Rumors of Microsoft doing a smart phone on its own have been around for a long time, most recently with talk of a Zune Phone, or zPhone. OK. But we have to take the latest example of this rumor with a grain of salt because of the source, the long-time Microsoft Haters at the Inquirer, a UK-based virtual tech rag that makes a mockery of objective journalism, good writing style, and technology. Read at your own risk. And don’t believe it.
What do you get if you take an Iphone, remove the clean UI, user friendliness, nice industrial design, battery life, cachet, functional OS, and in general everything else that makes it worthwhile? The new Microsoft phone, powered by Nvidia.
Yeah, you heard it right, MS is going to make its own branded phone, after all, everyone kicking the company around the block has one, so it should too! If you were wondering why Nvidia never mentions the phrase Linux when talking Tegra, even though it is the most appropriate OS for the chip, now you know. NV appears to have sold Linux out to get the MS flagship deal, how nice of them.
The phone is slated to be announced at 3GSM this coming February, so if you plan on attending, please look surprised when MS unveils it. No word on when it will hit the streets but it probably won't be long after that.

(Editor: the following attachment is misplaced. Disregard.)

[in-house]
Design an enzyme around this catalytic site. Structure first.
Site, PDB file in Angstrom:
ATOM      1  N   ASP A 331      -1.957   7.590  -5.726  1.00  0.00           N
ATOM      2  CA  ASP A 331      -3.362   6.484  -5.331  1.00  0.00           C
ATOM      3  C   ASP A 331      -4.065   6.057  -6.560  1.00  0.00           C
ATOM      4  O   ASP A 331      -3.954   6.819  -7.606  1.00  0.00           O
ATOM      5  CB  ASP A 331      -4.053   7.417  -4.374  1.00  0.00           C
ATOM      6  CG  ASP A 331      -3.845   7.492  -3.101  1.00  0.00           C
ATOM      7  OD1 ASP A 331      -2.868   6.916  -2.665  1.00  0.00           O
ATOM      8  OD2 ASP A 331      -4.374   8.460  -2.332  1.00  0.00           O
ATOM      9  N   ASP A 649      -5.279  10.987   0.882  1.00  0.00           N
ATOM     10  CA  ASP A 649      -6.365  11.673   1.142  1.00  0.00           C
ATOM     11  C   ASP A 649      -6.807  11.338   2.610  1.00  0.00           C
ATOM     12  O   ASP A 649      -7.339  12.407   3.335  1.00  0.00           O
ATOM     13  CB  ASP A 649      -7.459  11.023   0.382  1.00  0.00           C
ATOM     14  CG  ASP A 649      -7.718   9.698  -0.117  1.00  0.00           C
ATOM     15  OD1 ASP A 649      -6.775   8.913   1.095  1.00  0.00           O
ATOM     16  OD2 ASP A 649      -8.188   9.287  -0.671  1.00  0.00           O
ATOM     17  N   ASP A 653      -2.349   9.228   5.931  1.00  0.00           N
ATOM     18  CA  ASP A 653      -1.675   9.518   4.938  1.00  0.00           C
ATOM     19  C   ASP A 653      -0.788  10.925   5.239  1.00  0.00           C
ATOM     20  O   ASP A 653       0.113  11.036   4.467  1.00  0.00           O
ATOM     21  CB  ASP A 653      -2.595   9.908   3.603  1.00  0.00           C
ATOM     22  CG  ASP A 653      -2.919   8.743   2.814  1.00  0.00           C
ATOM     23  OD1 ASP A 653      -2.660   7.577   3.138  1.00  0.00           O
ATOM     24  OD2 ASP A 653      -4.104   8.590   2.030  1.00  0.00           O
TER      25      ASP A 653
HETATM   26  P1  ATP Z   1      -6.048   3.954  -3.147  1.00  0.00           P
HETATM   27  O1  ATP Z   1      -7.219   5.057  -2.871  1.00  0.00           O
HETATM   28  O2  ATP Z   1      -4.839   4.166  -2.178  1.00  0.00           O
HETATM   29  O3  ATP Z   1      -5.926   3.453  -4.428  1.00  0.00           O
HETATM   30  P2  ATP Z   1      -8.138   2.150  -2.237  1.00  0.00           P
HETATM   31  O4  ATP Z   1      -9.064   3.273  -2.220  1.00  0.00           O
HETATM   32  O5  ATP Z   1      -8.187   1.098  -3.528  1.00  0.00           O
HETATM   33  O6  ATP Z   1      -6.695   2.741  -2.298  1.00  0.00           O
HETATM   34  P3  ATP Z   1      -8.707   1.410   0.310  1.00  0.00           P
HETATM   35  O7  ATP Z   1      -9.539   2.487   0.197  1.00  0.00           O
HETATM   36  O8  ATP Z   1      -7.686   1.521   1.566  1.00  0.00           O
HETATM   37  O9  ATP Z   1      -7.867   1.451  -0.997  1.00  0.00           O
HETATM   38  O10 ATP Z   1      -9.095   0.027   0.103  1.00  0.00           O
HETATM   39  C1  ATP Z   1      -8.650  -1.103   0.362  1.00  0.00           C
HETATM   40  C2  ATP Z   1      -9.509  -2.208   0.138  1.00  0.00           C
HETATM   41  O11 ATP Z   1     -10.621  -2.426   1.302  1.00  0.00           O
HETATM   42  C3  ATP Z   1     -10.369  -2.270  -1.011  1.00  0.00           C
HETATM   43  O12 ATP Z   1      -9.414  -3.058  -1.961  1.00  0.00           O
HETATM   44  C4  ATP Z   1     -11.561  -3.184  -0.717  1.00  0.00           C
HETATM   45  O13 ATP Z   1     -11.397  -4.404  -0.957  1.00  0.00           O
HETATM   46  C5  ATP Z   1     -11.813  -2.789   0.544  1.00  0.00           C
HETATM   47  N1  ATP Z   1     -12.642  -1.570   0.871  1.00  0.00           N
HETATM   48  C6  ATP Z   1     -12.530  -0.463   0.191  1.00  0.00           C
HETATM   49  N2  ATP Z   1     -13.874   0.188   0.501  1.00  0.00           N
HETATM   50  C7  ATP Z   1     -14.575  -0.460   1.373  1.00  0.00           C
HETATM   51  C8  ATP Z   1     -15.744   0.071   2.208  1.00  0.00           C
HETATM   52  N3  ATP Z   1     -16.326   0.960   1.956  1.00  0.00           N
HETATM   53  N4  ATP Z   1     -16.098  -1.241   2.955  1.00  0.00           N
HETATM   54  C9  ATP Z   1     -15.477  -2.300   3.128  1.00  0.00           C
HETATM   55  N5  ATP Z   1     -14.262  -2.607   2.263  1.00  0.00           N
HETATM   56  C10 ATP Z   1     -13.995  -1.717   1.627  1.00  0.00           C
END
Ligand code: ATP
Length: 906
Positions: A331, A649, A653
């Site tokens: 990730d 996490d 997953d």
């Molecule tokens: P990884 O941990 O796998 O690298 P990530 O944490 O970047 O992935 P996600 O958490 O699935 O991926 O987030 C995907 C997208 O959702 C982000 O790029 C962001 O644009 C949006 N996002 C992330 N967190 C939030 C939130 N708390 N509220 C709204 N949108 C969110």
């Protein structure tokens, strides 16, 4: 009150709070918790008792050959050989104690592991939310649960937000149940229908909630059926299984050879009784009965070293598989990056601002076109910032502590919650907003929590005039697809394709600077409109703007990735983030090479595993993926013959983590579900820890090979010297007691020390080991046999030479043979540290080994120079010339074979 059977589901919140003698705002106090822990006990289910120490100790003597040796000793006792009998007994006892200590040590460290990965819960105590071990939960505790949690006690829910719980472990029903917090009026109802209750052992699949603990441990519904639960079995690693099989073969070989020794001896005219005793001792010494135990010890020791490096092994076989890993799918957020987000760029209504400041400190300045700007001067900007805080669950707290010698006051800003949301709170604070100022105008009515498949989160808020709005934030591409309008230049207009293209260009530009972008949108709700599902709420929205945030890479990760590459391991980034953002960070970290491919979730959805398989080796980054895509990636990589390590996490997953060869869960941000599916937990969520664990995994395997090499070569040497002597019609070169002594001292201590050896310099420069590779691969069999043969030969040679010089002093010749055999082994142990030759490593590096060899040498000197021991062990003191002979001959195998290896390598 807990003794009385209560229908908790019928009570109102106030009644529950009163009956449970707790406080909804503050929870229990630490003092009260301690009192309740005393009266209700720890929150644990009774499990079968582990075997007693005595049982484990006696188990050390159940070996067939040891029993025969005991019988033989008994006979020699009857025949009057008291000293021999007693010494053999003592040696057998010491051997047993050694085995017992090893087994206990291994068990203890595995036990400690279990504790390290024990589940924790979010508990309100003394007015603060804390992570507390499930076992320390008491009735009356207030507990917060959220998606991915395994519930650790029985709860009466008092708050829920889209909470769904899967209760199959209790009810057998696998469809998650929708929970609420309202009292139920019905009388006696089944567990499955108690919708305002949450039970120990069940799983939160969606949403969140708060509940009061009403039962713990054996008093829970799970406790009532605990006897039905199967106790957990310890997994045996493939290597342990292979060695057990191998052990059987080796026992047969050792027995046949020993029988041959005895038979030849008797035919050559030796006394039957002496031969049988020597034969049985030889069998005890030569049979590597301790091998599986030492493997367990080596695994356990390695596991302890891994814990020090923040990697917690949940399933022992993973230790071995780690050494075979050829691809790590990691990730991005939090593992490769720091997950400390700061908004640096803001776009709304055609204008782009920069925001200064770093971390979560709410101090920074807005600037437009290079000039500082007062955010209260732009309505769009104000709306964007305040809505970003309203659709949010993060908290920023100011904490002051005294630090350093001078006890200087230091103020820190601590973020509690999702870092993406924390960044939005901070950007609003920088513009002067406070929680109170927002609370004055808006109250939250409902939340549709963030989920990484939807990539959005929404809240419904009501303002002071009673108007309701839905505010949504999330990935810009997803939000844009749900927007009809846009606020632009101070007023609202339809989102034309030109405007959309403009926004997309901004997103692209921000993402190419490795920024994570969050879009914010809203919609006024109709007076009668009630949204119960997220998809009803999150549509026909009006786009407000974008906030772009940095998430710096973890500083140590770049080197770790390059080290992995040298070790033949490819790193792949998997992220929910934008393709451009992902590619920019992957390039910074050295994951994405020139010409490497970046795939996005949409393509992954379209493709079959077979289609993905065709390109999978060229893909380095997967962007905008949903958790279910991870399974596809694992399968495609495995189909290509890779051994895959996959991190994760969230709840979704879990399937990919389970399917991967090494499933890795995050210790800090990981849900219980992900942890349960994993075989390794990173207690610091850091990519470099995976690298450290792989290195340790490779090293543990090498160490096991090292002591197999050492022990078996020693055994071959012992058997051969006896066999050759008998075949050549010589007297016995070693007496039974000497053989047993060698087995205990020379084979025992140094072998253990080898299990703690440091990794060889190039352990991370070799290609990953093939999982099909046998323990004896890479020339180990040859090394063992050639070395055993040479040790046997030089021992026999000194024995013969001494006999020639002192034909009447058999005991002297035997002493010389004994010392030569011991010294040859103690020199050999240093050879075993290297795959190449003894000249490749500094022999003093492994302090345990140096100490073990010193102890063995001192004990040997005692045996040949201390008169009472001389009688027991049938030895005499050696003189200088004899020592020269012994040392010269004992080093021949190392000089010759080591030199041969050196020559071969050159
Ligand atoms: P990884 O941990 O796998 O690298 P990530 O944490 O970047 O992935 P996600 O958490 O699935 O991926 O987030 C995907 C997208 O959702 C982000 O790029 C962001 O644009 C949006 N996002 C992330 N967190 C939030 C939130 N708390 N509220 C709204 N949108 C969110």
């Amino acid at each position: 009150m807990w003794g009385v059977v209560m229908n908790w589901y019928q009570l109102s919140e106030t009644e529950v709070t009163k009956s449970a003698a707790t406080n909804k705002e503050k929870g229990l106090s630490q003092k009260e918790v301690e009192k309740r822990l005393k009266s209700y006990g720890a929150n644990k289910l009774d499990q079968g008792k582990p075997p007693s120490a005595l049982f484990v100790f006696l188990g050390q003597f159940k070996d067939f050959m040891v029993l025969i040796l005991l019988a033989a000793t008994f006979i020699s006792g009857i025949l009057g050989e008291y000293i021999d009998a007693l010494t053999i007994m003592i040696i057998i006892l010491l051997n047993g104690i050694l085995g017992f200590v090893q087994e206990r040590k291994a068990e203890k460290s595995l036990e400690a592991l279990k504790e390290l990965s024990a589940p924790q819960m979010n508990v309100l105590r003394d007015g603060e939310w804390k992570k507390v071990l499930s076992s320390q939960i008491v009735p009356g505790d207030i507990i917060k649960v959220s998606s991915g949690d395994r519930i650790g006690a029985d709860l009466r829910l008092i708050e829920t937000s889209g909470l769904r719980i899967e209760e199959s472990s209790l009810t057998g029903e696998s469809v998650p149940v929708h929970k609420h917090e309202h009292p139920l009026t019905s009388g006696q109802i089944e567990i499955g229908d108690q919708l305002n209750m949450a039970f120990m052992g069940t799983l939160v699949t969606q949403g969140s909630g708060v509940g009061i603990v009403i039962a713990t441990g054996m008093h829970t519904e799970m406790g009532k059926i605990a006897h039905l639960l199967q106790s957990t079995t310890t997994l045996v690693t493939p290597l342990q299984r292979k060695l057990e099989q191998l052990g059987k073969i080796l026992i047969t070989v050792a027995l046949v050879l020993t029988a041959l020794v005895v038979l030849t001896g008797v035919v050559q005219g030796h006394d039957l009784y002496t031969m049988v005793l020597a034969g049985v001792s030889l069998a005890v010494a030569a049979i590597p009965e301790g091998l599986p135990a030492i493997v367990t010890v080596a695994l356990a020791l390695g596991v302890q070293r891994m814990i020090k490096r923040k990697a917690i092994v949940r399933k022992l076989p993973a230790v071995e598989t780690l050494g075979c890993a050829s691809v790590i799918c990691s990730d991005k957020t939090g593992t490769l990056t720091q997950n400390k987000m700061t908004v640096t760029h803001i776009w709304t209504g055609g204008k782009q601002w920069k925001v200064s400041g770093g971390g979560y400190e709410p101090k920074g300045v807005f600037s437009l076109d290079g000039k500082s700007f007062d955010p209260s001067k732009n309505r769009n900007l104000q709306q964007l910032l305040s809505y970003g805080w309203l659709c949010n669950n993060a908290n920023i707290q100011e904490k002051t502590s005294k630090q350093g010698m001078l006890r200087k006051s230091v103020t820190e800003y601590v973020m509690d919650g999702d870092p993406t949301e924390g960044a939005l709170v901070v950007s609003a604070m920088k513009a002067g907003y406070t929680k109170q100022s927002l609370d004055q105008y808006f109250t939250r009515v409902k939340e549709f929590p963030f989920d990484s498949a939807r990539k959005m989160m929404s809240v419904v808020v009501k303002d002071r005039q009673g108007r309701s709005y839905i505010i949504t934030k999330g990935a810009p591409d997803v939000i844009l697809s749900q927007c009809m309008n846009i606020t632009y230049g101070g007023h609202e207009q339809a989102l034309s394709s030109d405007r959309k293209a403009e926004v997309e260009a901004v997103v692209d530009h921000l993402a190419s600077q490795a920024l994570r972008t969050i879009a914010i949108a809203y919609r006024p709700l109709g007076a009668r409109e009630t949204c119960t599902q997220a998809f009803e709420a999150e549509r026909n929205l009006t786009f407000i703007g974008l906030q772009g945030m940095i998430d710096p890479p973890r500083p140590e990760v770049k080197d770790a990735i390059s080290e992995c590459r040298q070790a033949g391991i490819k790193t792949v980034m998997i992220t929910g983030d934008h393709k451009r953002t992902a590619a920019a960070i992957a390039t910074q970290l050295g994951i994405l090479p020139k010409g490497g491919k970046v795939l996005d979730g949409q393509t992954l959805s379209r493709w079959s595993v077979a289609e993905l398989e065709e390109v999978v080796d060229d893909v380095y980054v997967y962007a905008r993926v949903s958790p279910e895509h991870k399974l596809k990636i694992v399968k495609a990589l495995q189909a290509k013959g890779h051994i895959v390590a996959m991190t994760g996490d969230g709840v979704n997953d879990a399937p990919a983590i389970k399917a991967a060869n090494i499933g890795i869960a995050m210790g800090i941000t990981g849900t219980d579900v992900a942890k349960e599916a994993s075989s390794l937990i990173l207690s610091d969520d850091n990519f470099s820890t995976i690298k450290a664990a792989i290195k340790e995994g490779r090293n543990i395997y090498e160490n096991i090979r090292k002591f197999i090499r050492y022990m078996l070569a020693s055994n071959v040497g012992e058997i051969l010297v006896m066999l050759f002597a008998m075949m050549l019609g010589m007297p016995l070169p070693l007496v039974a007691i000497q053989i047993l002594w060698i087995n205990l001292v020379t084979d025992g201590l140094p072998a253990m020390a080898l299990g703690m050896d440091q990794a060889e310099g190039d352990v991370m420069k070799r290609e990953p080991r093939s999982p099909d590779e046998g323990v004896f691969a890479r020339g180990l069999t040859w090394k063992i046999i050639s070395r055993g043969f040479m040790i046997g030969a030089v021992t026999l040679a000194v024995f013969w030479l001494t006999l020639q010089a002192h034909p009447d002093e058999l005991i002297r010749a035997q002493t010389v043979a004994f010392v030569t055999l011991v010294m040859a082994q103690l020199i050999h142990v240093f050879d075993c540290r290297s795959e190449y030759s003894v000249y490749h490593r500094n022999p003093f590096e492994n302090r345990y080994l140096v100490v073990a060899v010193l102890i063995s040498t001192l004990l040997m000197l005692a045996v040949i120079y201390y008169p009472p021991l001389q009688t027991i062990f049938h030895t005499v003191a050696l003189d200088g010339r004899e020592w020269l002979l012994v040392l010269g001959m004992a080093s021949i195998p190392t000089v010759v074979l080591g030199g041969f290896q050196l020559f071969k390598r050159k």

We think this 'me too' phone will have all the success of the Zune. With that device, MS showed they know how to make an MP3 player that people want, great design, a UI that is vastly superior to the competition, and enough added bells and whistles so it is sure to disappoint the eight kids who find them under a Christmas tree.
Then there is the whole problem of partners.
I will say this. With the sole exception of the traditional PC/server industry, Microsoft’s business model of relying on partners to deliver products like Windows CE/Windows Mobile smart phones/portable devices, Windows Media Center PCs, Windows Media-compatible devices and services, and other products has been an abject disaster. So while we can all wring our hands when Microsoft decides to take matters into its own hands—as it has, finally, with the Xbox, the Zune, AV/anti-malware software, hosted Exchange, and other things—the truth is, sometimes Microsoft can simply do it better on its own. And let’s be honest, Microsoft’s partners are at least 50 percent responsible for the problems with Windows Mobile; and they are absolutely 100 percent responsible for the lengthy amount of time that passes between the release of a new Windows Mobile version and its appearance in the market.
So. I would like to see Microsoft makes its own phone, actually. I don’t think this article proves that. But I would like to see it, if only because most of Microsoft’s partners simply let it down, over and over again.